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  #21  
Old Posted Feb 21, 2018, 5:37 AM
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Docta_Love Docta_Love is offline
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Originally Posted by Nightsky View Post
23rd largest? Detroit's population has really decreased. Nice to see that the city still has lots of buildings in good condition, and it's still a great city.

Yea its an eye popping number however it's not the full story as is usually the case Metro Detroit as a whole even when including the population loss from the city continued to grow during every decade except from 2000-2010. Being the Motor city the region that is in Detroit's orbit so to speak imo is more of a size similar to what you would see with a sunbelt city. As is the case about many things that have to deal with Detroit and or the metro area things are unnecessarily complicated. haha

The style of development here is the same found across the eastern great lakes region of course so the metaphor isn't completely apt and there is usually a lively debate when the numbers come out with areas designated, removed and then designated as part of the CSA again it seems like new every time the new MSA or CSA definition comes out.

There was an exercise that was done a while ago on some thread comparing overlays of urban areas i believe and the size of Atlanta's CSA was taken and played around with as it was placed over SE MI, NW OH and SW Ontario so the Detroit - Windsor - Flint - Ann Arbor metro area included Lansing and Toledo.

The end result seemed that because of the general denser nature of development resulted in a Metro Detroit having a population larger than Metro Atlanta roughly 7 million was the total.

Essentially if Metro Detroit is treated as a sunbelt city and all satellite cities within an hour drive are taken into account including in Canada you get a population of ~ 7.502 million. Toledo, Ann Arbor, Lansing, Flint, Port Huron - Sarnia, Chatham - Kent & London, ONT plus the Detroit - Windsor / Essex metropolitan areas are factored into my equation.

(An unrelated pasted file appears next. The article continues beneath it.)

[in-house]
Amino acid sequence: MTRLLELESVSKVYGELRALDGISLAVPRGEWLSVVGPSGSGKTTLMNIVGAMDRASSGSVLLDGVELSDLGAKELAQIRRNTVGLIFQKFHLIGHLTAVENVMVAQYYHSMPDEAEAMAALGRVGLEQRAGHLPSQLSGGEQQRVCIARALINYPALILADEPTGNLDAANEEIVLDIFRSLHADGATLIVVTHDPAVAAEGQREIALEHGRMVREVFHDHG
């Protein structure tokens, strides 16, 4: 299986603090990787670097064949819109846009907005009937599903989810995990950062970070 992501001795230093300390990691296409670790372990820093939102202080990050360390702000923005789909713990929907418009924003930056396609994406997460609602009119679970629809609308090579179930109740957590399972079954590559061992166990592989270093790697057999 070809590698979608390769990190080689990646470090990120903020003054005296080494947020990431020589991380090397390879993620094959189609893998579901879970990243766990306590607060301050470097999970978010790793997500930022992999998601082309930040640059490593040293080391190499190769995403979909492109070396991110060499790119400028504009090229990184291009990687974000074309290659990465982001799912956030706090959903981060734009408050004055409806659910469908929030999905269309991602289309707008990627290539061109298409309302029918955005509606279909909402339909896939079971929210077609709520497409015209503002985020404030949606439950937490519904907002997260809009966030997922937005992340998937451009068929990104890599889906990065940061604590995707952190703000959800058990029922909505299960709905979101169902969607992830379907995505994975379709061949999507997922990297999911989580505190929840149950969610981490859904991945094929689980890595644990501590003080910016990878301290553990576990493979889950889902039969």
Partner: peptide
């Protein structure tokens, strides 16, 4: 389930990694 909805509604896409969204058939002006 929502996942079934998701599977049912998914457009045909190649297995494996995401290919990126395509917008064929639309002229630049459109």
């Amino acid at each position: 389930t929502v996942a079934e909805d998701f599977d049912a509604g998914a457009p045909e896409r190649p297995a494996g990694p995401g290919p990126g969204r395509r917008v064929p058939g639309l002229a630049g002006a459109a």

Detroit - Windsor CSA is about 5.7 million and with or without Windsor is the 12th largest in the US but if we want to play around with numbers which may actually have some merit because of the car's out-sized influence in the state and region. While some of the interactions I used are pushing it a bit perhaps especially London but also Lansing which has strong ties with the western burbs in Livingston County and Ann Arbor and vice versa but not so much with Wayne and Macomb Counties.

Toledo is separated from the main body of the metro area and can also be said to have a stronger connection with Ann Arbor along the US 23 corridor than with the downriver burbs. Though there is a nuclear power plant in between Monroe and South Rockwood on the coast of Lake Erie there was a partial meltdown in 1966 while the incident isn't wasn't dangerous to the public the area had not developed by '66 and despite an abundance of waterfront property the Lake Erie coast in Monroe Country especially the area going north along the shore from just outside of Monroe area pretty much to the Huron River is rural. Some beautiful wetlands state parks and wildlife preserves along the coast there up into the lower Detroit River but there doesn't seem like there is much of any desire for development in that part of the I-75 / Telegraph Rd corridor.


https://www.youtube.com/watch?v=-_77hU4WhtM
We Almost Lost Detroit Gil - Scott Heron & Brian Jackson, about the near meltdown in 1966. Damn good song


Some may remember this map which shows which shows the are of "dominance" of metro areas based off commuting pattern. It was used on an old thread that stuck out in my mind as having some relevance so I figured I'd include it to help articulate my point.


http://geoawesomeness.com/awesome-ma...muter-flow-us/